They rescued the bear and did a quick look for mother bear, but the fire must have claimed her life because all around the firefighters, as far as they could see, the forest was blackened and bare.

Smokey's name was given to the small cub who escaped death by wildfire. With the love and care shown to the cub by Ray Bell*, his wife and daughter, Judy he soon recovered. A home at the National Zoo would be his ticket to living to a ripe old age.

In 1961, an orphaned bear found in the Magdelena Mountains of New Mexico became Smokey's lifetime companion. They named her "Goldie." They became the most visited attraction at the Zoo. Smokey lived until 1976 and is buried at the Smokey Bear Historical Park, Capitan, N.M. --Bridget Smith, Historical Gazette

*Editor's Note: My sincere apologies to Ray Bell (who is still alive and well) for having credited Harold Bell for the rescue of the cub, Smokey. We were contacted by his son, Donald Ray Bell, by email who corrected the mistake. My delight was in getting the chance to talk with Ray Bell from his home in North Dakota. Thank you both for helping me to get the story straightened out! And, thank you, Ray, for directly contributing to our nation's history.

The story above is from the front page of this edition. Our newspaper carries five illustrations by Rudy Wendelin, Smokey's official artist.

© 1997 Market Your Place in History Bridget E. Smith editor & publisher 1-503-289-2720/FAX 1-503-285-8016 email: histgaz@aracnet.com Historical Gazette 7342 N. Alma Avenue Portland, OR 97203
*
http://www.dcnr.state.pa.us/forestry/ffp/history.htm Forestry Smokey History

Smokey Bear, the guardian of our forests, has been a part of the American scene for so many years it is hard for us to remember when he first appeared. Dressed in a ranger's hat, belted blue jeans, and carrying a shovel, he has been the recognized forest fire prevention symbol for over 50 years. Today, Smokey Bear is one of the most famous advertising symbols in the world and is protected by Federal Law. He has his own private zip code, his own legal council, and his own private committee to insure that his name is used properly. Smokey Bear is much more than a make-believe paper image; he exists as an actual symbol of forest fire prevention.

To understand how Smokey Bear became associated with forest fire prevention, we must go back to World War II. On December 7, 1941, Japanese planes attacked Pearl Harbor. The following spring in 1942, a Japanese submarine surfaced near the coast of Southern California and fired a salvo of shells that exploded on an oil field near Santa Barbara, very close to the Los Padres National Forest. Americans throughout the country were shocked by the news that the war had now been brought directly to the American mainland. There was concern that further attacks could bring a disastrous loss of life and destruction of property. There was also a fear that enemy incendiary shells exploding in the timber stands of the Pacific Coast could easily set off numerous raging forest fires.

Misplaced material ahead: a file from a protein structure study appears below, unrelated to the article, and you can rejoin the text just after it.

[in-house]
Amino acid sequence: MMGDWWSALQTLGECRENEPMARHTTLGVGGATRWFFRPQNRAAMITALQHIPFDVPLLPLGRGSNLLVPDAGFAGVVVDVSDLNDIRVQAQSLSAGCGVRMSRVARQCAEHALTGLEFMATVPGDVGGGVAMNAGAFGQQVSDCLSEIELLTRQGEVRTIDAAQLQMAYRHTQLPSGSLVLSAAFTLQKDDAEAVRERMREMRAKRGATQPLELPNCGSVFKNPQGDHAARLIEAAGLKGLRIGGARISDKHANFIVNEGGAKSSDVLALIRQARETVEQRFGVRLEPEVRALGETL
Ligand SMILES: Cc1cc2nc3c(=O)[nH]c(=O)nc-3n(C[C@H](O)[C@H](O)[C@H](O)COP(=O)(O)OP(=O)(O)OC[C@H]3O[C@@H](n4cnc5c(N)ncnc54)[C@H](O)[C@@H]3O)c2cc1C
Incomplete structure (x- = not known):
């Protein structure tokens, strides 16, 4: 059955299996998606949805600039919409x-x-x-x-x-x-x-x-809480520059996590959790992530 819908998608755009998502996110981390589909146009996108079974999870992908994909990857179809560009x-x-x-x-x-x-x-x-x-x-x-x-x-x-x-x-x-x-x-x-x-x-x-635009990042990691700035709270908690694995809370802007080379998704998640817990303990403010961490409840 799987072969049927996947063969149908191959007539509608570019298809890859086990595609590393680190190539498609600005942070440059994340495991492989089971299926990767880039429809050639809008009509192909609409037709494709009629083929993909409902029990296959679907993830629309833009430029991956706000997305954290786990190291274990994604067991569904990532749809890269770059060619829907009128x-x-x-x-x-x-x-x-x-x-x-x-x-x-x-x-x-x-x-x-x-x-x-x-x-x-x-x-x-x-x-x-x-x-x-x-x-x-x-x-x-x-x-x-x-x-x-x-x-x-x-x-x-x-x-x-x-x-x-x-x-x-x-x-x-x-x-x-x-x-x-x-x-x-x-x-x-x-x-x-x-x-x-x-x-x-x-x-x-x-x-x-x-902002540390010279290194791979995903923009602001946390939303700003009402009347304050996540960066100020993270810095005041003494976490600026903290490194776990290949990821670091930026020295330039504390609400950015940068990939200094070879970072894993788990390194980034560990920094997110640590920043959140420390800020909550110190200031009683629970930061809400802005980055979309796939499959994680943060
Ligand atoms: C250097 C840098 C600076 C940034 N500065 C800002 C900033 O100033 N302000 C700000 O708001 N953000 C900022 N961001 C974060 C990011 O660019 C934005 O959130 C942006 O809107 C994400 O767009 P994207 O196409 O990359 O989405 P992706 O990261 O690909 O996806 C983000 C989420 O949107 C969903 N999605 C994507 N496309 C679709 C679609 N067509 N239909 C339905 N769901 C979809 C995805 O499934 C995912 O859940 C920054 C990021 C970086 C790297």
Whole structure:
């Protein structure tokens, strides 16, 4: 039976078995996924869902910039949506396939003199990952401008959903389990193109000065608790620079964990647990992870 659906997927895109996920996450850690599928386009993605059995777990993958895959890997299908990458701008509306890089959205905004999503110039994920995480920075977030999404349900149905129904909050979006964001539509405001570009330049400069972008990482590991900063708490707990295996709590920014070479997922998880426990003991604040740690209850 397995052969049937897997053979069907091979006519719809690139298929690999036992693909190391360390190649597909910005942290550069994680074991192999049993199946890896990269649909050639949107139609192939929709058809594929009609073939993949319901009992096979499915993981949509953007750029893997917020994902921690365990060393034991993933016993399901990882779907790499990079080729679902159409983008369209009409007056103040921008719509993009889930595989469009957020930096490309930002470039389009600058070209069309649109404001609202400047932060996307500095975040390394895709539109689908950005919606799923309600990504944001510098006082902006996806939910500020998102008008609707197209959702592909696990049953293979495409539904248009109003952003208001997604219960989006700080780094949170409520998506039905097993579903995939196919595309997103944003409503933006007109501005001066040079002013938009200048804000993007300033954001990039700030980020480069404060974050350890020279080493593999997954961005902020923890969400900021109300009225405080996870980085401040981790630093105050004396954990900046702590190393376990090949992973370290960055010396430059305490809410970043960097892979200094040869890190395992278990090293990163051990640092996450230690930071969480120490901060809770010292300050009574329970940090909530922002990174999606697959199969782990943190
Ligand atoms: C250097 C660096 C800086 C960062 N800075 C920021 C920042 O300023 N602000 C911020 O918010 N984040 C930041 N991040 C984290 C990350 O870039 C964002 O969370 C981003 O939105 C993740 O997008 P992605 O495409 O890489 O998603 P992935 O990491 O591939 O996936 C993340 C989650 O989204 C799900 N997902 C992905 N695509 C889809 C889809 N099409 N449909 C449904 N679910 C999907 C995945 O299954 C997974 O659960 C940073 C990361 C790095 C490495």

With experienced firefighters and other able-bodied men engaged in the armed forces, the home communities had to deal with the forest fires as best they could. Protection of these forests became a matter of national importance, and a new idea was born. If people could be urged to be more careful, perhaps some of the fires could be prevented.

With this is mind, the Forest Service organized the Cooperative Forest Fire Prevention Campaign with the help of the Wartime Advertising Council. Posters and slogans were created by the Advertising Council, including "Forest Fires Aid the Enemy," and "Our Carelessness, Their Secret Weapon." By using catchy phrases, colorful posters and other fire prevention messages, the Advertising Council suggested that people could prevent accidental fires and help win the war.

Walt Disney's motion picture, "Bambi" was produced in 1944 and Disney let the forest fire prevention campaign use his creation on a poster. The "Bambi" poster was a success and proved that using an animal as a fire prevention symbol would work. A fawn could not be used in subsequent campaigns because "Bambi" was on loan from Walt Disney studios for only one year; the Forest Service would need to find an animal that would belong to the Cooperative Forest Fire Prevention Campaign. It was finally decided that the Nation's number one firefighter should be a bear.

On August 9, 1944, the first poster of Smokey Bear was prepared. The poster depicted a bear pouring a bucket of water on a campfire. Smokey Bear soon became popular, and his image began appearing on other posters and cards. In 1952, Smokey Bear had enough public recognition to attract commercial interest. An Act of Congress passed to take Smokey out of the public domain and place him under the control of the Secretary of Agriculture. The Act provided for the use of collected fees and royalties for forest fire prevention. One of the first licensed items was a Smokey Bear stuffed toy. Hundreds of items have been licensed over the years.

We still have a lot of work to do. There are children and adults who need to hear and learn about Smokey Bear and his forest fire prevention message and there are still people who need to be continually reminded of the need to prevent forest fires.

Remember, Only YOU Can Prevent Forest Fires!
*
Los Angeles Times. Sunday, September 3, 2000. Rudolph Wendelin; Smokey the Bear's 'Caretaker'